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dc.contributor.authorEggbeer, Dominic
dc.contributor.authorMehrotra, Divya
dc.contributor.authorBeverley, Katie
dc.contributor.authorHollisey-McLean, Steven
dc.contributor.authorEvans, Peter
dc.date.accessioned2021-04-26T13:29:53Z
dc.date.available2021-04-26T13:29:53Z
dc.date.issued2020-10-01
dc.identifier.citationEggbeer, D., Mehrotra, D., Beverley, K., Hollisey-McLean, S. and Evans, P. (2020) 'Identifying research and development priorities for an in-hospital 3D design engineering facility in India', Journal of Design, Business & Society, 6(2), pp.189-213. https://doi.org/10.1386/dbs_00011_1en_US
dc.identifier.issn2055-2106
dc.identifier.issn2055-2114 (online)
dc.identifier.urihttp://hdl.handle.net/10369/11369
dc.descriptionArticle published in Journal of Design, Business & Society available at https://doi.org/10.1386/dbs_00011_1en_US
dc.description.abstractAdvanced three-dimensional (3D) design and engineering technologies have revolutionized patient-specific implants, prostheses and medical devices, particularly in the cranio-maxillofacial and oral medical fields. Lately, decreasing costs, coupled with the reported benefits of bringing design and production technology closer to the point of healthcare delivery, have encouraged hospitals to implement their own 3D design and engineering services. Most academic literature reports on the factors that influence the sustainable development of such services in high-income countries. But what of low- and middle-income countries where demand for custom craniofacial devices is high? What are the unique challenges to implement in-hospital services in resource-constrained environments? This article reports the findings of a collaborative project, Co-MeDDI (Collaborative Medical Device Design Initiative), that brought together a UK-based team with the experience of setting up and running a hospital-based 3D service in the United Kingdom with the Maxillofacial Department of a public hospital in the Uttar Pradesh region of India, which had recently received funding to establish a similar capability. We describe a structured design research approach consisting of a series of exchange activities taking place during the lifetime of the project that compared different aspects of the healthcare innovation ecosystem for 3D services in India and the United Kingdom. Based on the findings of the different activities, we identify key factors that influence the adoption of such services in India. The findings are of relevance to healthcare policy-makers and public hospital managers in resource-constrained environments, and to academics and practitioners engaging in collaborative export of healthcare initiatives.en_US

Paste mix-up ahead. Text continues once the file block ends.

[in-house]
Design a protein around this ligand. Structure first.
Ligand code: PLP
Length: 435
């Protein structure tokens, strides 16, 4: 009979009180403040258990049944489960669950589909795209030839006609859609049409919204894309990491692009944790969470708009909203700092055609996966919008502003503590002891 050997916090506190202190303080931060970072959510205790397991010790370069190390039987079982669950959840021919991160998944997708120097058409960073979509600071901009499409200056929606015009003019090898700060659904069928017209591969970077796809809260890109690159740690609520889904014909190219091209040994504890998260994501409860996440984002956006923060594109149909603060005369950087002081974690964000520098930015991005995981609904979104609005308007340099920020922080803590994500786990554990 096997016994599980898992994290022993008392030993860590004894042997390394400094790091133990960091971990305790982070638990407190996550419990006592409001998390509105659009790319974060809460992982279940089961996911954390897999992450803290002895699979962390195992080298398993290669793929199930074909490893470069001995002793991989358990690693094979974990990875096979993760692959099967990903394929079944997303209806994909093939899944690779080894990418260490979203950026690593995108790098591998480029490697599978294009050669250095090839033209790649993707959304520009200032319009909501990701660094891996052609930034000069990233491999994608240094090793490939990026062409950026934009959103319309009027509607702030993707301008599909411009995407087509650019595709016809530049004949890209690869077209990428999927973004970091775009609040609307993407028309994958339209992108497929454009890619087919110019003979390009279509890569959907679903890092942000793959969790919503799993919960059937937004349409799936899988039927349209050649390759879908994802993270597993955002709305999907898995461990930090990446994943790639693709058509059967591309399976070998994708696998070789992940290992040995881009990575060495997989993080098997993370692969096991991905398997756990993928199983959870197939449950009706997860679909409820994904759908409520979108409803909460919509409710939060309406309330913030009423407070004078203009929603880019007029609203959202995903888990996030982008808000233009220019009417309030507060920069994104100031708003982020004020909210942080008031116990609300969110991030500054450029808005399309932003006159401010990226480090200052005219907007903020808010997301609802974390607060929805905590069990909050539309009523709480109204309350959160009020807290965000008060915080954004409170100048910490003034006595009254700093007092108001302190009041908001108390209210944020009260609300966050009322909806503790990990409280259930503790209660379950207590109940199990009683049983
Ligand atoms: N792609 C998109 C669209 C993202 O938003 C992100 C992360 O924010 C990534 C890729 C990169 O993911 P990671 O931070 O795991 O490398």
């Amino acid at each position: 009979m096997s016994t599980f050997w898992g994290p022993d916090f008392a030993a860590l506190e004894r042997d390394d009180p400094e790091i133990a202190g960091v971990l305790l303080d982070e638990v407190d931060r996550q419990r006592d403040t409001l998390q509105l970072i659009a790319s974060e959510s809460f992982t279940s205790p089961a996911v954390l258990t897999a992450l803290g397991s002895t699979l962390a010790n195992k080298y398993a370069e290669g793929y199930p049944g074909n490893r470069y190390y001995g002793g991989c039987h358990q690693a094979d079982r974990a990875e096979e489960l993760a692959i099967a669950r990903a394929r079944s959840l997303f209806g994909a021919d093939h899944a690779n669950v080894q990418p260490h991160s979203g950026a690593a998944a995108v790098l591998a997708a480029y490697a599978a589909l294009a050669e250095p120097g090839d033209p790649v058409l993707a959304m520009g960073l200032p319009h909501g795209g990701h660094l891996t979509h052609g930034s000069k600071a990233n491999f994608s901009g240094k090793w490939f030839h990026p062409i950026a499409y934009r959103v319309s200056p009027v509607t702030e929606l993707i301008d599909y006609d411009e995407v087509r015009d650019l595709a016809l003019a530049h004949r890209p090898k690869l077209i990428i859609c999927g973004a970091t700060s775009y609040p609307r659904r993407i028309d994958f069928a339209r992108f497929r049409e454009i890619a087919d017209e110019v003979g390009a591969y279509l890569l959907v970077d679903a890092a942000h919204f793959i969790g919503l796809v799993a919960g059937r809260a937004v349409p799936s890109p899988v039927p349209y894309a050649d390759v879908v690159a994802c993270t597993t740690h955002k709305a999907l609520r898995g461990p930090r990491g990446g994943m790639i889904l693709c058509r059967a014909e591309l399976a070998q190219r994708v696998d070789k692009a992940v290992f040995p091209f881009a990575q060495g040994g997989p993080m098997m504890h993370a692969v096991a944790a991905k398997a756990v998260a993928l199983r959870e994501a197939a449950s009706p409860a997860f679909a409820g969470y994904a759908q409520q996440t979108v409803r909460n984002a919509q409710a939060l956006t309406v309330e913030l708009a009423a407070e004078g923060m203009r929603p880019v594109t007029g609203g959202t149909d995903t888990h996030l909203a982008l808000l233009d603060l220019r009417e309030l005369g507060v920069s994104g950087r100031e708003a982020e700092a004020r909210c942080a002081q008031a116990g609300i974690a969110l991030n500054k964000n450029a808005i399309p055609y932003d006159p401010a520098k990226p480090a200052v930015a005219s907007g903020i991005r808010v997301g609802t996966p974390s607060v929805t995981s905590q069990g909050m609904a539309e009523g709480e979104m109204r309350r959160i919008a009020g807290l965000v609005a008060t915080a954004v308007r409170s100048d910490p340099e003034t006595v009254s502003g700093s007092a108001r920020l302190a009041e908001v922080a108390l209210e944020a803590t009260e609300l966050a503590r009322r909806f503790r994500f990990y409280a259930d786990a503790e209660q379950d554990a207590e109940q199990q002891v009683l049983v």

dc.language.isoenen_US
dc.publisherIngentaen_US
dc.relation.ispartofseriesJournal of Design, Business & Society;
dc.titleIdentifying research and development priorities for an in-hospital 3D design engineering facility in Indiaen_US
dc.typeArticleen_US
dc.identifier.doihttps://doi.org/10.1386/dbs_00011_1
dcterms.dateAccepted2020-09
rioxxterms.funderCardiff Metropolitan Universityen_US
rioxxterms.identifier.projectCardiff Metropolian (Internal)en_US
rioxxterms.versionAMen_US
rioxxterms.licenseref.urihttps://creativecommons.org/licenses/by-nc-nd/4.0/legalcodeen_US
rioxxterms.licenseref.startdate2021-10-01
dc.refexceptionThere was a delay in securing the author post-print version
rioxxterms.freetoread.startdate2021-10-01
rioxxterms.funder.project37baf166-7129-4cd4-b6a1-507454d1372een_US


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